It's time to get interactive! Flash can be a rewarding design and animation tool, but you won't be using the application to its fullest potential unless you include elements of interactivity. In Chapter 3, you wrote your first script, to prevent your animation from looping by default. In this chapter, you'll give your audience some control through the use of buttons and ActionScript.
The easiest way to add interactivity to Flash is to use a button to run ActionScript. The projects featured in this chapter will all focus on button use. One project, for example, will be to modify the animation you created in Chapter 3, adding one button to replay the animation and another to open a web page.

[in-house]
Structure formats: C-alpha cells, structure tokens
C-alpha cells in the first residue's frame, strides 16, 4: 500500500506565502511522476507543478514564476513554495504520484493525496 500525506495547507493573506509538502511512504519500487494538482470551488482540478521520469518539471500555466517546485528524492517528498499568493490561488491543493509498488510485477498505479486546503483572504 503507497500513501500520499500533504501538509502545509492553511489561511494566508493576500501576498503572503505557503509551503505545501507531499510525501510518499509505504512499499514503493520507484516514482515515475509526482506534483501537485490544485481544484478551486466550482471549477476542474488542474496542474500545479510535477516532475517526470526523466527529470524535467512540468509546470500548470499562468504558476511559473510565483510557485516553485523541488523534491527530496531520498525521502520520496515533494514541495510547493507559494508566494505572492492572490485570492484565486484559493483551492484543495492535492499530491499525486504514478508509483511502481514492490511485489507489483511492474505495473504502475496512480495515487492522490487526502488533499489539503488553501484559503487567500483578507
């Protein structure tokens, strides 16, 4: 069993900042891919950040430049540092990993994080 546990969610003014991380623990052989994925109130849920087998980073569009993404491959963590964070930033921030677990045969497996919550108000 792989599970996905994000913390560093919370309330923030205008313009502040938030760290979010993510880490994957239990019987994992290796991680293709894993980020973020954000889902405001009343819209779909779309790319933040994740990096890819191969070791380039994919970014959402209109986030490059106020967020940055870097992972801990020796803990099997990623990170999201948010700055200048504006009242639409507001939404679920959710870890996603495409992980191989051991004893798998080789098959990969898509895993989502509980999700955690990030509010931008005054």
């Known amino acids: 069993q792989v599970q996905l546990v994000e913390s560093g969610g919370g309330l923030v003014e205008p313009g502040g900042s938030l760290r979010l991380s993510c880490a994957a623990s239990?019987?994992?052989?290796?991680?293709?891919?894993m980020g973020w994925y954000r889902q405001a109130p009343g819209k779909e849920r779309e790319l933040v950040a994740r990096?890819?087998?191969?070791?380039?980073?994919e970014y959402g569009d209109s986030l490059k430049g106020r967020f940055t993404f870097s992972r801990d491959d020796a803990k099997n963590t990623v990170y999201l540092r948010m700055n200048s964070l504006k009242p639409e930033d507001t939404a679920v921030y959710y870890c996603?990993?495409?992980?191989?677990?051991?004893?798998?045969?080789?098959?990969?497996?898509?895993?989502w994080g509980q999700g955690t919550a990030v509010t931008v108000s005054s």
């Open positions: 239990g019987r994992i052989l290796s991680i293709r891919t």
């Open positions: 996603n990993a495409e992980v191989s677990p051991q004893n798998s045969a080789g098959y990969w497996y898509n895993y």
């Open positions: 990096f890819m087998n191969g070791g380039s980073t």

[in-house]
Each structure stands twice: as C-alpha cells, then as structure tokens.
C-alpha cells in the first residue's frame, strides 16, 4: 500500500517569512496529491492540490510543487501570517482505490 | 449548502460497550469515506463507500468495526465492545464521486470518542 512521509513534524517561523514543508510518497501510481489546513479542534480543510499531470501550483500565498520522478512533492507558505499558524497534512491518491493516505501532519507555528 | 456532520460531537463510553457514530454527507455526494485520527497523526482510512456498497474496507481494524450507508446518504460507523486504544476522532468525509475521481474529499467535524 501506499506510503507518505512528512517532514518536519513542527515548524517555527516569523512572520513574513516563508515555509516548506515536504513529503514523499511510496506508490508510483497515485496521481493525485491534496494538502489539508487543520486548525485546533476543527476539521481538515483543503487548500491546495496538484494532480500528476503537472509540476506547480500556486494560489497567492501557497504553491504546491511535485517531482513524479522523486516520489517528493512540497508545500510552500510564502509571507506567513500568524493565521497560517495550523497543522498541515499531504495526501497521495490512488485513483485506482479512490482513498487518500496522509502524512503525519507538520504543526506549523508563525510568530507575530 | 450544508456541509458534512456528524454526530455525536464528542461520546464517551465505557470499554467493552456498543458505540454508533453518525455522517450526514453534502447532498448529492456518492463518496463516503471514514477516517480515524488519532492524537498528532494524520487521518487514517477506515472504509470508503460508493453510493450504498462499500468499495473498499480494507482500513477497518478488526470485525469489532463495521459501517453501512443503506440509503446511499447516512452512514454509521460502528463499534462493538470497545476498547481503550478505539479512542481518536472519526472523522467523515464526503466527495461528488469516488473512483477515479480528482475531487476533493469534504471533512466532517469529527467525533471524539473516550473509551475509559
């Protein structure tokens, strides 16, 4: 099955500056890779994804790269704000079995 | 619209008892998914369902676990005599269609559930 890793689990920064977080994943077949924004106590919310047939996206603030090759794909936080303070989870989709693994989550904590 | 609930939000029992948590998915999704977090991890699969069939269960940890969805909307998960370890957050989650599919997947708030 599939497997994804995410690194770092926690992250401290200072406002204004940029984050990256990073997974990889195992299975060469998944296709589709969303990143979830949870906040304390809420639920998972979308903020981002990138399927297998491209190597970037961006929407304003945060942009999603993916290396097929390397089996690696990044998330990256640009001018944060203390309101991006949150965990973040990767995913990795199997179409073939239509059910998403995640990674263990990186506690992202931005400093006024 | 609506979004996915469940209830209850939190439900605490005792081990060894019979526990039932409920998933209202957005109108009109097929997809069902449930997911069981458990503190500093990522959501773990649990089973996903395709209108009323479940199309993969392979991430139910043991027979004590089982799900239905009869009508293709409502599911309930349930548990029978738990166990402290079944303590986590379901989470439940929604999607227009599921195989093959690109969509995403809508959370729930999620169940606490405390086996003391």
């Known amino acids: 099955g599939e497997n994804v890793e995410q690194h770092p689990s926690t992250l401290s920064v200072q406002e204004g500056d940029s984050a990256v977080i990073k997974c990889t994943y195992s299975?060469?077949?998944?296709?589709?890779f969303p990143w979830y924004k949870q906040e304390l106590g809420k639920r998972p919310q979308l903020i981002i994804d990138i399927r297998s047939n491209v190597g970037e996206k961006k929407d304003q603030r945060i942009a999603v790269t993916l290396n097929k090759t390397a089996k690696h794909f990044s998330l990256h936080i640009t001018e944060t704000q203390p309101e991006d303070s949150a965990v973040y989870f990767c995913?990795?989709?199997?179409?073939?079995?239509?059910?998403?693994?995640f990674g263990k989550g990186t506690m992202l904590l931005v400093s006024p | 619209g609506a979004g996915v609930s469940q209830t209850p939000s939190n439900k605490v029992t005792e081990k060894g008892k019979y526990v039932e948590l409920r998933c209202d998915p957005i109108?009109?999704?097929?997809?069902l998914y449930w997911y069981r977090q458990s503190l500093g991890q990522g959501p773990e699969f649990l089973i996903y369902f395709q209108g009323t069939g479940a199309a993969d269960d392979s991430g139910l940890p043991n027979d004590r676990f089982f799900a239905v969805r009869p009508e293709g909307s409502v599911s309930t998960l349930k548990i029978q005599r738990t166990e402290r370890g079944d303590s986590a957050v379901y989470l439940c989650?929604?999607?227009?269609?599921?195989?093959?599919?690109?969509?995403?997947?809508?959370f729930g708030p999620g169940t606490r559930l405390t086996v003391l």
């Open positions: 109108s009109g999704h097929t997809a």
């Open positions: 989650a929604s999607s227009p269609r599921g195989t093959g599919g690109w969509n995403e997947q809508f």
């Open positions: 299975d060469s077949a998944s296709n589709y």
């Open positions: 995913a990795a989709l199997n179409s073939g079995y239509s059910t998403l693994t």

You may be thinking, "Big deal, I can do those things with HTML." True, but Flash buttons can be more powerful, and sometimes even easier to create, than their HTML counterparts. With Flash, it's easier for buttons to contain animations and sound, to be activated or dimmed dynamically, and to be repositioned automatically when, say, the browser window is resized.
Of course, buttons are just the beginning. ActionScript is a powerful scripting language, and it can be implemented in a variety of ways. Fortunately, the Flash development community is one of the most generous collectives on the Web, and there are many resources available to help you learn more about ActionScript when you are ready. Appendix A contains a very brief list of such resources to get you started, but half the fun is exploring.